So today, on our 10th anniversary, I want to honor and exalt you, my "excellent wife" (Prov 31:10). And by doing so, I hope to honor and exalt Jesus, the Savior and Bridegroom with whom we look forward to one day smiling and laughing with complete joy and complete trust forever.

Emily Kristin Wohlgemuth: I love you, more than you know.

(Here's what I wrote last year for our 9th anniversary. Still true today.)

Thursday, April 9, 2015

Praying through the Psalms

Last night at our Wednesday worship gathering, we took some time to pray through Psalm 34. It was a sweet time of worship through expressing our dependence on God, but it was also instructive to those who had never practiced that method of prayer before.

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It is not complicated. You take one verse (or a couple verses that constitute a clear idea), you read it, and you use its words as a launch pad for your prayers. Its benefit is that it gives you words to pray and subjects to pray for that you normally would not think of. It focuses your heart on the glory of God more, or His beauty more, or simple praises more, or grief that you feel but don't have the words to express it. In other words, it broadens your prayer horizons past simply asking God for a laundry list of items.

Here's an example of how it works (HT):

Psalm 1:1-2 - "Blessed is the man who walks not in the counsel of the wicked, nor stands in the way of sinners, nor sits in the seat of scoffers; but his delight is in the law of the Lord, and on His law he meditates day and night." (ESV)
Prayer - "Father, I thank you that your law and your word is good. I thank you that you have revealed yourself to us through your word. I ask that you would give me the strength not to walk in the counsel of the wicked. Help me to find my delight and satisfaction in your word. Help me to meditate on your word day and night. Open my eyes that I may understand the power of your word for my life. I also ask that my children would delight themselves in your word as they mature. I pray that they would walk in the counsel of good friends and not in the way of the wicked. Place good influences in their lives. Thank you God for the blessing that comes as a result of delighting ourselves in your law."

See how simple it is? I encourage you to practice it regularly from the Psalms, as they were written as songs/prayers originally. Let it stir your affections for the Lord and give your heart language you never knew was there. I pray that you see abundant fruit in your life out of this simple tool.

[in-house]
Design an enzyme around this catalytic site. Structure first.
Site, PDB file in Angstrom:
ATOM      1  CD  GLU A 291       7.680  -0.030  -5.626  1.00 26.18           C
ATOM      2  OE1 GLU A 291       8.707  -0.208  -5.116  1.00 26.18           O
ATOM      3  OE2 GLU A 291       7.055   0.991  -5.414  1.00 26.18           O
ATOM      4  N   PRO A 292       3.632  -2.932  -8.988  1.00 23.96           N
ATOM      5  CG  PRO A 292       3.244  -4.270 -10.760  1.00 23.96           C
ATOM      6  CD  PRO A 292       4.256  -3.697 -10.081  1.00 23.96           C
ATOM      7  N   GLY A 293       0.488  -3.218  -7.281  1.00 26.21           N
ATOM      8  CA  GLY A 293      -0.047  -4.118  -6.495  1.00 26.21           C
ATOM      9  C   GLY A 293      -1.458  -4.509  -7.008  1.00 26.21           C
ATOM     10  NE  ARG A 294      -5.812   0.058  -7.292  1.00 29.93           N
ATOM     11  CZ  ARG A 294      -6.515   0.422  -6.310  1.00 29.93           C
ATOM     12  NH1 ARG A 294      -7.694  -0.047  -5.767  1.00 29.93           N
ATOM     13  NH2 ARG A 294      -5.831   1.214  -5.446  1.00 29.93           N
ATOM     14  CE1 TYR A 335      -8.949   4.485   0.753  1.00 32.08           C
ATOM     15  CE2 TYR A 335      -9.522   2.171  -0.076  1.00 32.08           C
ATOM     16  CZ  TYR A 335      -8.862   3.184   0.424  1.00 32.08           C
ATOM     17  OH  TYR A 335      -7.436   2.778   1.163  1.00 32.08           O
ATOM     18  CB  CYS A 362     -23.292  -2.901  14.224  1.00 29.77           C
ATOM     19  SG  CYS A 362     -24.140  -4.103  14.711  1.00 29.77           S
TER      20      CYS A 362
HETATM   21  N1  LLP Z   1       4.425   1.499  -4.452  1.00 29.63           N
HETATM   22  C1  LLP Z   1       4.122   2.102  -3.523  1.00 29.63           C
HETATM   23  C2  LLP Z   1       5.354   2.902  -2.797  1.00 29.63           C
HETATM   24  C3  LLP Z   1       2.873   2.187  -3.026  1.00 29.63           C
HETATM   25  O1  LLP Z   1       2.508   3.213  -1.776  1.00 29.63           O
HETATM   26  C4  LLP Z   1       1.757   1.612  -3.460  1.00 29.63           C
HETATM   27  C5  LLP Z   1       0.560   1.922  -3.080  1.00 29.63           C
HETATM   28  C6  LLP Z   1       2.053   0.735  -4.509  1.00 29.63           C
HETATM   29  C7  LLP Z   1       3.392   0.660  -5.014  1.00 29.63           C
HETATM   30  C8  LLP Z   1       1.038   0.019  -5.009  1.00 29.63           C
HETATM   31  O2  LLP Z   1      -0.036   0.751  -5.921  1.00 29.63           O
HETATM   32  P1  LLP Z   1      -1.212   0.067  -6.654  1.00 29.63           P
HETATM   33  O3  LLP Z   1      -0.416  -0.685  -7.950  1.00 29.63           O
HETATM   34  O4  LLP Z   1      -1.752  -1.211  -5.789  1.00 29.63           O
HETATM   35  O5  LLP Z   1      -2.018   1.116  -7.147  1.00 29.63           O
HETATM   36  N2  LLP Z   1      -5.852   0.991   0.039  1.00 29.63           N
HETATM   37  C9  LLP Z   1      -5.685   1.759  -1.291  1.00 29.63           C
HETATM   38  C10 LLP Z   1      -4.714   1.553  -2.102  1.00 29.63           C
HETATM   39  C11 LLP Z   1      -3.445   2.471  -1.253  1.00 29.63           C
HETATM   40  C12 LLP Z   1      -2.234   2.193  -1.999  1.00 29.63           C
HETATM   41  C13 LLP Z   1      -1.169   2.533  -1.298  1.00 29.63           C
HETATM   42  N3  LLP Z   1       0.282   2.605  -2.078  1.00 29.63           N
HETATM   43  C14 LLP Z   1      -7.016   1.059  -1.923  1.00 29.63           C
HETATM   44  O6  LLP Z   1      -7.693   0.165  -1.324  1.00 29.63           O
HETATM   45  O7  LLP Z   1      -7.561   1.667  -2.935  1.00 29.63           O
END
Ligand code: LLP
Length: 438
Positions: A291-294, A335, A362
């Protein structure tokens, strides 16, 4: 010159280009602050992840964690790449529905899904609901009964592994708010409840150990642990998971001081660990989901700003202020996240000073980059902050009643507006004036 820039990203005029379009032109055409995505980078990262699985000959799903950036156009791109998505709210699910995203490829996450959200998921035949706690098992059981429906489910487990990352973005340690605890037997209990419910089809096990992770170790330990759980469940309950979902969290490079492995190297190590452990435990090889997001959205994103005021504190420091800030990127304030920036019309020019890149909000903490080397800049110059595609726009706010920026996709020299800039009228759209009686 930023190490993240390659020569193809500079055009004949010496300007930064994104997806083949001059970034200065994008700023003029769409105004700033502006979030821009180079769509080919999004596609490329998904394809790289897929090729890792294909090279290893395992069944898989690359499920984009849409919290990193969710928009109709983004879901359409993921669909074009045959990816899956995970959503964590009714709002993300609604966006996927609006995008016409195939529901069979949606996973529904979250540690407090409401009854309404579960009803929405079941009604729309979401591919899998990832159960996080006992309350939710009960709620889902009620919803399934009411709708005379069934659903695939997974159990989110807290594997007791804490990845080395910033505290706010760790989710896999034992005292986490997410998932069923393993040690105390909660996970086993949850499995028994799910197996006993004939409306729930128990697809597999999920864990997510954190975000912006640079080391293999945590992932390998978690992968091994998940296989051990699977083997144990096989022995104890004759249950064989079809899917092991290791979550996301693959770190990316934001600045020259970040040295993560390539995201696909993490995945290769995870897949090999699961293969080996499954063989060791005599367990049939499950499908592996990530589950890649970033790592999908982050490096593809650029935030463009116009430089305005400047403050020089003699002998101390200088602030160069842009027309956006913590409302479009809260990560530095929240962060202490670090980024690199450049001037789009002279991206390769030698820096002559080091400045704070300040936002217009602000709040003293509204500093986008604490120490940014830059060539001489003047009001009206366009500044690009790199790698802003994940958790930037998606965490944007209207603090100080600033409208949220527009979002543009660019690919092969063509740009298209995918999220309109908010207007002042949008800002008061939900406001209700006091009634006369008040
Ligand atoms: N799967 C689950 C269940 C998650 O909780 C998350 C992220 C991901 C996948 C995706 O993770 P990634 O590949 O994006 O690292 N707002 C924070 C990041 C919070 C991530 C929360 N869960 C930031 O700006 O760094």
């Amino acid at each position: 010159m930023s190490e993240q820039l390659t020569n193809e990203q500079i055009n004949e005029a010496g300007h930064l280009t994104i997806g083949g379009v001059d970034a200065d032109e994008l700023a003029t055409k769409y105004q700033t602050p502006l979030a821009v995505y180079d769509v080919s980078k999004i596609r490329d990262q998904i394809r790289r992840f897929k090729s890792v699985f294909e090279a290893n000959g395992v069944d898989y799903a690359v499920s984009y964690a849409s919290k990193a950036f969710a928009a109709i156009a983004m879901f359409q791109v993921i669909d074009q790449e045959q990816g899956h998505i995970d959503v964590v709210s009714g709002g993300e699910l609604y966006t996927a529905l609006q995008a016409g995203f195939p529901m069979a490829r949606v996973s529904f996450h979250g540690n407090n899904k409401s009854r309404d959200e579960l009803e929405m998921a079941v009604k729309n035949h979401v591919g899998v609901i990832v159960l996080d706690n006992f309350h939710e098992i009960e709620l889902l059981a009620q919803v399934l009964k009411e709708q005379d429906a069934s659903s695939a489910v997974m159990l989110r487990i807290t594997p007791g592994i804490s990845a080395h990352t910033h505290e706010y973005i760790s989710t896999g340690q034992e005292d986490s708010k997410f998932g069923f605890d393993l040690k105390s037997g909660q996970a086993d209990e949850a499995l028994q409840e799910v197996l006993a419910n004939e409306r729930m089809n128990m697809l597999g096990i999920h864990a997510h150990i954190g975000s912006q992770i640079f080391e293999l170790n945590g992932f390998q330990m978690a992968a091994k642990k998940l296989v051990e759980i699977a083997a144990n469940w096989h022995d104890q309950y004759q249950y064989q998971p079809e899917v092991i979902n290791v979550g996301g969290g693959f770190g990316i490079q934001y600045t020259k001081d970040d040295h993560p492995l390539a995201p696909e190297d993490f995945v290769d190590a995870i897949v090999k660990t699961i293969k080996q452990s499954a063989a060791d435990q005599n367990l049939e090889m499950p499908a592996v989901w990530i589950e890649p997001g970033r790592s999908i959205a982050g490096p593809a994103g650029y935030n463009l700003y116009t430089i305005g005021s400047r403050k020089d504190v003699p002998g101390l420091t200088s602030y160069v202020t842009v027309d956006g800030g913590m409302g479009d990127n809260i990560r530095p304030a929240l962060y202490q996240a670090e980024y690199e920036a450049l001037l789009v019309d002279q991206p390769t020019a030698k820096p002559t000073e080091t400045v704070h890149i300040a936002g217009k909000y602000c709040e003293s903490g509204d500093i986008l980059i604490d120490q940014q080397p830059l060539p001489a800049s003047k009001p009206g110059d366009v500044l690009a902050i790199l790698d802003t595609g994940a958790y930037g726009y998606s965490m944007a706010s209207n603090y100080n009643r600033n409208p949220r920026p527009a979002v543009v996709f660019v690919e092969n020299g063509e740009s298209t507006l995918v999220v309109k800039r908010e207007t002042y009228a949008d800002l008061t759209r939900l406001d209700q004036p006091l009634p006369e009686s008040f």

Tuesday, March 17, 2015

Don't Judge Me!

I am pretty sure I read or hear this phrase at least once a week. It is usually in the context of someone saying something about someone else's sin (or just a specific sin in general), which ramps everyone up to the point of insults and false accusations. A sad picture, definitely, but it causes me some heartburn every time I hear it because that phrase is used as a trump card even though they are not using it properly. Let me explain.

First, let's understand where this phrase even comes from. In Matthew 7:1, Jesus says "Judge not, that you be not judged." People rightly then give Jesus the authority He has and apply this Scripture to attack people who they think are judging: "See, Jesus said not to judge!" The problem lies in the fact that Jesus didn't actually say that. If we keep reading the rest of His statement, we see that He actually meant something other than simply "don't judge." He continues, "Judge not, that you be not judged. For with the judgment you pronounce you will be judged, and with the measure you use it will be measured to you" (Matthew 7:1-2). Notice what Jesus is doing here. He is not saying not to judge; He is saying that if you do, you better be willing to have the same standard placed on you. In essence, then, Jesus is condemning hypocritical judgment, where I hold you to a higher standard than I hold myself, where I let myself slide on issues that I condemn you for or in areas of life where you struggle but I don't.
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Jesus then illustrates this hypocritical judgment powerfully: "Why do you see the speck that is in your brother's eye, but do not notice the log that is in your own eye? Or how can you say to your brother, 'Let me take the speck out of your eye,' when there is the log in your own eye?" (Matthew 7:3-4). In other words, before you go around pointing out others' faults, understand that you have major issues too (see this funny movie short). So according to Jesus, having anything in your eye is not good, and everyone has something.